WASHINGTON -- The unemployment rate, which has refused to budge from the 9 percent neighborhood for 2 1/2 frustrating years, suddenly dropped in November, driven in part by small businesses that finally see reason to hope and hire.
Economists said there was a long way to go, but they liked what they saw.
The rate fell to 8.6 percent, the lowest since March 2009. Unemployment passed 9 percent that spring and had stayed there or higher for all but two months since then.
The country added 120,000 jobs in November, the Labor Department said Friday. The economy has generated 100,000 or more jobs five months in a row -- the first time that has happened since April 2006, well before the Great Recession.
"Something good is stirring in the U.S. economy," Ian Shepherdson, an economist at High Frequency Economics, said in a note to clients.
The report showed that September and October were stronger months for the job market than first estimated. For four months in a row, the government has revised job growth figures higher for previous months.
September was revised up by 52,000 jobs, for a gain of 210,000. October was revised up by 20,000, for a gain of 100,000.
Unemployment peaked at 10.1 percent in October 2009, four months after the Great Recession ended.
It dipped to 8.9 percent last February and 8.8 percent last March, but otherwise was at or above 9 percent.
One of the most closely watched indicators of the economy's health were signs of improvement for small businesses, which employ 500 or fewer people and account for half the jobs in the private sector.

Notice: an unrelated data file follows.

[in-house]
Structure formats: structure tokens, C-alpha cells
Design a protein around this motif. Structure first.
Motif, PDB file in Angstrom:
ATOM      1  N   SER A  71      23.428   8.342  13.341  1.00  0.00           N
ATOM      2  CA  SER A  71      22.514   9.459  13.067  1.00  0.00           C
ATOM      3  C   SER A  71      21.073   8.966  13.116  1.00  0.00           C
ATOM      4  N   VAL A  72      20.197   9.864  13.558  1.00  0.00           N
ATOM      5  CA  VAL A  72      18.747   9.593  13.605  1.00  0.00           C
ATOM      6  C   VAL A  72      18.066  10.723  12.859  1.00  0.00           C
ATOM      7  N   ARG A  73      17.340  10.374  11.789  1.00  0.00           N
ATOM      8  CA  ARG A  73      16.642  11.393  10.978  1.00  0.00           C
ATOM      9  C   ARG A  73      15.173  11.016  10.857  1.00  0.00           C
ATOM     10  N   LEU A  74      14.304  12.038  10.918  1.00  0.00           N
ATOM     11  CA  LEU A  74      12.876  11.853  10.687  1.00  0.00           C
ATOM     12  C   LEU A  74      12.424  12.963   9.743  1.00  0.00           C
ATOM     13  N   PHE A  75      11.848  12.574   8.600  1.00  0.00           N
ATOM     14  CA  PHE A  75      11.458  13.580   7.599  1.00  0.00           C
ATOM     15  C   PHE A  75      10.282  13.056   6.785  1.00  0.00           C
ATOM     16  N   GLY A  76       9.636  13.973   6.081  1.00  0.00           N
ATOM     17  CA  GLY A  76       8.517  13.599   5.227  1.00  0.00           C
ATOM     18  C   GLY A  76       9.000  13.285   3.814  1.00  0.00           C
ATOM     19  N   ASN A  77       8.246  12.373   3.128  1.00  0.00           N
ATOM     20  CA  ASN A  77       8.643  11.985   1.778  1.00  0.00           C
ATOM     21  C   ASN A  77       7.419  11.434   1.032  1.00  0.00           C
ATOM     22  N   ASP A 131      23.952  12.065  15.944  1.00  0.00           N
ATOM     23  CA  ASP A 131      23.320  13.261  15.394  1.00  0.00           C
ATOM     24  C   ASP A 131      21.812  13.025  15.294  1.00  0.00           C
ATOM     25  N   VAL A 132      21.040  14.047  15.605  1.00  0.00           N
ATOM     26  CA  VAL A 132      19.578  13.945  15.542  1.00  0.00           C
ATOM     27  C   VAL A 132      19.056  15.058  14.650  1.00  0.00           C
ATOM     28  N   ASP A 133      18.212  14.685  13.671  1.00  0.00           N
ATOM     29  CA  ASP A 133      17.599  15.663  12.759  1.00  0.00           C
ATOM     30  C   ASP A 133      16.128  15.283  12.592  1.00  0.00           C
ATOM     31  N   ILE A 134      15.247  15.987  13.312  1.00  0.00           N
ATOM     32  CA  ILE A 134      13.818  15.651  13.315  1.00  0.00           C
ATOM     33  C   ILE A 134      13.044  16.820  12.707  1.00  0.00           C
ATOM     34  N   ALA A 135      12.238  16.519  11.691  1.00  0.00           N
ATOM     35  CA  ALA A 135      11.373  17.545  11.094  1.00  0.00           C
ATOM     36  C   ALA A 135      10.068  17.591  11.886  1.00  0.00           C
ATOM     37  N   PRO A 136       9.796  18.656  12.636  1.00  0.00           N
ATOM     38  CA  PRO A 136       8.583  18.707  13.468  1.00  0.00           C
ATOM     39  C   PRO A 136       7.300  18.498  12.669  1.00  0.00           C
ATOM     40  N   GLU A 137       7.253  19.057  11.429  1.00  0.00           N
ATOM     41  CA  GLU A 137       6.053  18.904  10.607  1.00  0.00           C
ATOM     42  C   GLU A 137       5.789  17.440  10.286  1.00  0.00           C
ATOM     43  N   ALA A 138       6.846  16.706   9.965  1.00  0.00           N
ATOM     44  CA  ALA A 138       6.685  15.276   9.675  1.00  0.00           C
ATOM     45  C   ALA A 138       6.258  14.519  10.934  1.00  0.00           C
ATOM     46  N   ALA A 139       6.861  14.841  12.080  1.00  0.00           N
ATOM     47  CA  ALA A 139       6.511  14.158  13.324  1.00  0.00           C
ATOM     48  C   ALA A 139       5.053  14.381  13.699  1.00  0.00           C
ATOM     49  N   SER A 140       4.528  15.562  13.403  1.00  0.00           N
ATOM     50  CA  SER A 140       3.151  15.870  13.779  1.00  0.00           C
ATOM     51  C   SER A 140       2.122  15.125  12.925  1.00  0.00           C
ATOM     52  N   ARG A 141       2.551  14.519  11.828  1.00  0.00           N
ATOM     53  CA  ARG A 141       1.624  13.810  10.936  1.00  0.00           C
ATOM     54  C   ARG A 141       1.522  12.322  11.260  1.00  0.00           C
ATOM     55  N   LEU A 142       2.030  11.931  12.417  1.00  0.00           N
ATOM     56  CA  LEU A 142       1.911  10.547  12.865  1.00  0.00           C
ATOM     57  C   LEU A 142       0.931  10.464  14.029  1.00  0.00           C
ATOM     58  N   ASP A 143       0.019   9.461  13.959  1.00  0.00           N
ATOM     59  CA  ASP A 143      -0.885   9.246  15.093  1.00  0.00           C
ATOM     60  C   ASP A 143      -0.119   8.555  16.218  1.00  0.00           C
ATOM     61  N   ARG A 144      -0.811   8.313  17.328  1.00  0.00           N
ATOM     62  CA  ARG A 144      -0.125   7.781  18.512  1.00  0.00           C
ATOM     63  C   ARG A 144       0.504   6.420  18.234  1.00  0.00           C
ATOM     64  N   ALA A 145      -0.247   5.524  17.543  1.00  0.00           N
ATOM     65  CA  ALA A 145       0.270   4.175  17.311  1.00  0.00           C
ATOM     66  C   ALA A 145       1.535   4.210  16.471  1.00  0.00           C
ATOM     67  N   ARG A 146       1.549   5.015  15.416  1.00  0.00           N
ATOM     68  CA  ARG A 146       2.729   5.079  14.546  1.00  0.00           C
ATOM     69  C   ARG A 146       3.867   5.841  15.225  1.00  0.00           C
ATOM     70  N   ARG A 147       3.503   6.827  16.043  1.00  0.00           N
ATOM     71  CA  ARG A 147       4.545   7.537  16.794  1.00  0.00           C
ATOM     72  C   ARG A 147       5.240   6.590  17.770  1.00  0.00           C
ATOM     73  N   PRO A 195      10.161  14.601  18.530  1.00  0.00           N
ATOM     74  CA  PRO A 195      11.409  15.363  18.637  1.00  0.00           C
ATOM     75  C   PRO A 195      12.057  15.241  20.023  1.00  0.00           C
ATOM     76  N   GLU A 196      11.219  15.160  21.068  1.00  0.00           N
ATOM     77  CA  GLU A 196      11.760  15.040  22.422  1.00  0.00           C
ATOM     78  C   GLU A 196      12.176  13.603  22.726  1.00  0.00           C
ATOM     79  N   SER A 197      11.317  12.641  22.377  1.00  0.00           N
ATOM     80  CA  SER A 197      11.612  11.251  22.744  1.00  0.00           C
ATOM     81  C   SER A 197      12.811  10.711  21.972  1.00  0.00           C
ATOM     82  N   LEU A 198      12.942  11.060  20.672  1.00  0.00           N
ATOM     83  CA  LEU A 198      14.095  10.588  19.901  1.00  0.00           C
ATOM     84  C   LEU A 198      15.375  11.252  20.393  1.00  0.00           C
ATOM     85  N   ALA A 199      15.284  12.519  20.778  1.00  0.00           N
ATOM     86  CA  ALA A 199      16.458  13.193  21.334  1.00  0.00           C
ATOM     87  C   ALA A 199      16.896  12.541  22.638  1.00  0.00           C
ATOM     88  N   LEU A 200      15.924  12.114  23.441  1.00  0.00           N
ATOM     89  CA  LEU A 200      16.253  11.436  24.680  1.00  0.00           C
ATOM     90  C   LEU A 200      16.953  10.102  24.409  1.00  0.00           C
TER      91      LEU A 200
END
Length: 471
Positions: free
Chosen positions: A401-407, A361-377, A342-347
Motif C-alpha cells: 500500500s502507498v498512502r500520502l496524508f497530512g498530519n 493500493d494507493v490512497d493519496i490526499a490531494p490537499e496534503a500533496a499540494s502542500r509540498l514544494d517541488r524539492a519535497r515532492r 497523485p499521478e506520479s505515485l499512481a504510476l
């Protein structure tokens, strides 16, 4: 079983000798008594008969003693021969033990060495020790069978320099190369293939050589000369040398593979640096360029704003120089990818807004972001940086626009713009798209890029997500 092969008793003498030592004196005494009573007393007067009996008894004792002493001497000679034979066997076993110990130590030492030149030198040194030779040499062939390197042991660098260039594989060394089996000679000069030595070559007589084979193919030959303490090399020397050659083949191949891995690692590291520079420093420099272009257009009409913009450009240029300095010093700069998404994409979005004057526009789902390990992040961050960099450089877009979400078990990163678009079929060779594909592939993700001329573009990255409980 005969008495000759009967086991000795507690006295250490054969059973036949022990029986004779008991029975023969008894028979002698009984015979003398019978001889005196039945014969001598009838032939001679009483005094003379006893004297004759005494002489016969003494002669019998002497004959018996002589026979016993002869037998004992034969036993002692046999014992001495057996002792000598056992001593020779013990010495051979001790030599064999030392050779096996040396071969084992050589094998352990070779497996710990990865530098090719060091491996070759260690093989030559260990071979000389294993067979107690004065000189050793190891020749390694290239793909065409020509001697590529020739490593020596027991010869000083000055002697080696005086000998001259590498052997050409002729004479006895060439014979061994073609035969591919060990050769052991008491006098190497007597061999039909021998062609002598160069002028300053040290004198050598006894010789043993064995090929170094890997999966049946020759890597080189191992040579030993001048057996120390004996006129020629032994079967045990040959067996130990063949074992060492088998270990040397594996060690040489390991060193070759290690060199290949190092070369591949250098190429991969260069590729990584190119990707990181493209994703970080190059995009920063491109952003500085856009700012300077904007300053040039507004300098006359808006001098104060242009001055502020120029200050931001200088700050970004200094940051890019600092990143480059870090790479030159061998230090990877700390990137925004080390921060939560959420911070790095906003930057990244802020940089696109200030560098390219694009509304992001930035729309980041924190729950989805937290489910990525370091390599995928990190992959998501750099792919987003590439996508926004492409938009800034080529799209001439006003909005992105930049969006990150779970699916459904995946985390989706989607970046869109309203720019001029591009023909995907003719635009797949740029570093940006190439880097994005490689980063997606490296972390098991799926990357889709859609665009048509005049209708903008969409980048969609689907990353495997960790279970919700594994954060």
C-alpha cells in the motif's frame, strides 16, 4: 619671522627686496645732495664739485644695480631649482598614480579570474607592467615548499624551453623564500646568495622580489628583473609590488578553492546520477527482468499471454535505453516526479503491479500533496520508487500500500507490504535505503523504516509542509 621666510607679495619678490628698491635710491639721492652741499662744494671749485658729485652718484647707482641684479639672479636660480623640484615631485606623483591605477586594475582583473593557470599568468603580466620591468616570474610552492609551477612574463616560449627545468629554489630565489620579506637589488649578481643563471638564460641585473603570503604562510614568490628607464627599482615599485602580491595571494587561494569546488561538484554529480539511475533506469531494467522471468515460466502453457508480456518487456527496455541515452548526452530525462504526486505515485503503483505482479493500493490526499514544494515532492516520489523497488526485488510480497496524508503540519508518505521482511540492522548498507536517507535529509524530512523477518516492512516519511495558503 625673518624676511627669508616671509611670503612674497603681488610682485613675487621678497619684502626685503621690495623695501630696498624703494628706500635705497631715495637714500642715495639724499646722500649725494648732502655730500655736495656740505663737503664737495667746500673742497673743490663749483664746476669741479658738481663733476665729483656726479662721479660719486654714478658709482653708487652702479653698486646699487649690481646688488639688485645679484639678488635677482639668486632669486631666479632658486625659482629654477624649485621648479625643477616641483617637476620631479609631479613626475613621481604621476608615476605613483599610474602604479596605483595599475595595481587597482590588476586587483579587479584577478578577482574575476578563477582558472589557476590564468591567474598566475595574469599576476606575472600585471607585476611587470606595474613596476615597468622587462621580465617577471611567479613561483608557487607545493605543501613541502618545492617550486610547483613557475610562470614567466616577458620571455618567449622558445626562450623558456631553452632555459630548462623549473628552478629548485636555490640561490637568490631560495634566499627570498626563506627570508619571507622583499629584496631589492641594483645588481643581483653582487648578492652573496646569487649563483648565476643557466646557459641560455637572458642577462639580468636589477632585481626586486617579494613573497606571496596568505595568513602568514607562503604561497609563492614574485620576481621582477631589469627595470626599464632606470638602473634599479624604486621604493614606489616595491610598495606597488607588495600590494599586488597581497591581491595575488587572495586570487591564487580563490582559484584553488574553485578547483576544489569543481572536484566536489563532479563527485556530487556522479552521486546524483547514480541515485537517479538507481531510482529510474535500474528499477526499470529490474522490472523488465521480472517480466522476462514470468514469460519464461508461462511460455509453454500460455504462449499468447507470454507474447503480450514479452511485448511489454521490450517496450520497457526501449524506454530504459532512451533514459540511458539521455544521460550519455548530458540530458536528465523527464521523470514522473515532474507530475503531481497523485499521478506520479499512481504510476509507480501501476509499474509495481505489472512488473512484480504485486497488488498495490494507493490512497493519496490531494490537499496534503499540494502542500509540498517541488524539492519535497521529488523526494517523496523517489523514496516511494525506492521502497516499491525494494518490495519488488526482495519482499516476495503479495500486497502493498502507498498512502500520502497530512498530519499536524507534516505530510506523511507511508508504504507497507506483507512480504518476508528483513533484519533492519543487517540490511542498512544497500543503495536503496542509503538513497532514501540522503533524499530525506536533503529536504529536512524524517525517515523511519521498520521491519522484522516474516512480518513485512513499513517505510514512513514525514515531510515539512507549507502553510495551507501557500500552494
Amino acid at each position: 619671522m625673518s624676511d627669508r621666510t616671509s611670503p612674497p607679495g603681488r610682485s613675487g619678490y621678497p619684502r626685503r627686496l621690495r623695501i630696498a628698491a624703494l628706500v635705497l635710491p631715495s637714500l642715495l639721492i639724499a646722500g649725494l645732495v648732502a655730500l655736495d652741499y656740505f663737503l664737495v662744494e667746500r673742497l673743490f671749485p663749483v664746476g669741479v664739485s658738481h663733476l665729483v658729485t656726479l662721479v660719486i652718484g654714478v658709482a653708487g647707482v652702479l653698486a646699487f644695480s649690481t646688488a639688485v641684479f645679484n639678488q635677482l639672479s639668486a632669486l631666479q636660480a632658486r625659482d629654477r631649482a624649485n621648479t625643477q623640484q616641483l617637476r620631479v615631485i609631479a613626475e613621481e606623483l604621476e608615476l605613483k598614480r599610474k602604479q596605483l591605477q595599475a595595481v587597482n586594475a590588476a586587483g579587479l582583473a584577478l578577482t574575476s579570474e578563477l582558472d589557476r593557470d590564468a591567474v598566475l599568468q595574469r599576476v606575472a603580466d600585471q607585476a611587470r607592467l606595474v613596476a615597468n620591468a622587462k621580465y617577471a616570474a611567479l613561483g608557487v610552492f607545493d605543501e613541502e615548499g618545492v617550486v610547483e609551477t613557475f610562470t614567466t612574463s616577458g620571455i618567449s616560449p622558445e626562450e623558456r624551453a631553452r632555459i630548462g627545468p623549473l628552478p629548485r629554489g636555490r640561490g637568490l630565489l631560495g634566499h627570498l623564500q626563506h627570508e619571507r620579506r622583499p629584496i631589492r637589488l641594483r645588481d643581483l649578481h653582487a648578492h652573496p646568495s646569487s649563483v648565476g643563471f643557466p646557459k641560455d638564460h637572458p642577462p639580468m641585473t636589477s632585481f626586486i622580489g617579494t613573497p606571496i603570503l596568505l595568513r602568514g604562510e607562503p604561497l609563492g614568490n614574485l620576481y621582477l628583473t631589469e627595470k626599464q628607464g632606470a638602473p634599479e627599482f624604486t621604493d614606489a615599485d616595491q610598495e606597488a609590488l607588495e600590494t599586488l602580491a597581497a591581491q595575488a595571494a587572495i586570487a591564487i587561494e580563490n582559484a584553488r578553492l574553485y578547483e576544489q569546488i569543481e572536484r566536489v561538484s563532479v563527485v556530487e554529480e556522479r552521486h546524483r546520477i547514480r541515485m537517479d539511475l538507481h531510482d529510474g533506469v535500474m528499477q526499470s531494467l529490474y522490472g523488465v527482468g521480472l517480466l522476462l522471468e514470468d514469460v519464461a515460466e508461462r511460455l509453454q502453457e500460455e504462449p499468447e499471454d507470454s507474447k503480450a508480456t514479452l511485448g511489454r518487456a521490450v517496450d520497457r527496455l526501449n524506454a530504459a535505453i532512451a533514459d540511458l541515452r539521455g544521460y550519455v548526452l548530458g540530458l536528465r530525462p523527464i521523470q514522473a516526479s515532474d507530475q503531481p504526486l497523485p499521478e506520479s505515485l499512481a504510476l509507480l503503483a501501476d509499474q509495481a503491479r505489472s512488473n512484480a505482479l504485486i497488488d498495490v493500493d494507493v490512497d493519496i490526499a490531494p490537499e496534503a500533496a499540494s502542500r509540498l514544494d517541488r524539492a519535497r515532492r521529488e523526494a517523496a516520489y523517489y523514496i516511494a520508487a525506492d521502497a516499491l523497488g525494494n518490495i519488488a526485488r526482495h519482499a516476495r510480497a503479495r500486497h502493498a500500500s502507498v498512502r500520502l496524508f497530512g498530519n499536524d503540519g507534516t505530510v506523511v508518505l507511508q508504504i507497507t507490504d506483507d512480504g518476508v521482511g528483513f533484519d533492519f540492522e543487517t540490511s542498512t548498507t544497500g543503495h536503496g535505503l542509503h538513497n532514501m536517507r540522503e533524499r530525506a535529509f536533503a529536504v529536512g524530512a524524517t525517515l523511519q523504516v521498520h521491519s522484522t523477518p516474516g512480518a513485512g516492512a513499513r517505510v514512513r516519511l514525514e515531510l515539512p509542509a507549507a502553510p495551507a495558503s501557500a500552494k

The government uses a survey of mostly large companies and government agencies to determine how many jobs were added or lost each month.
It uses a separate survey of households to determine the unemployment rate.
The household survey picks up hiring by companies of all sizes, including small businesses and companies just getting off the ground.
It also includes farm workers and the self-employed, who aren't included in the survey of companies.
The household survey has shown an average of 321,000 jobs created per month since July, compared with an average of 13,000 the first seven months of the year. When the economy is either improving or slipping into recession, many economists say, the household survey does the better job of picking up the shift because it detects small-business hiring.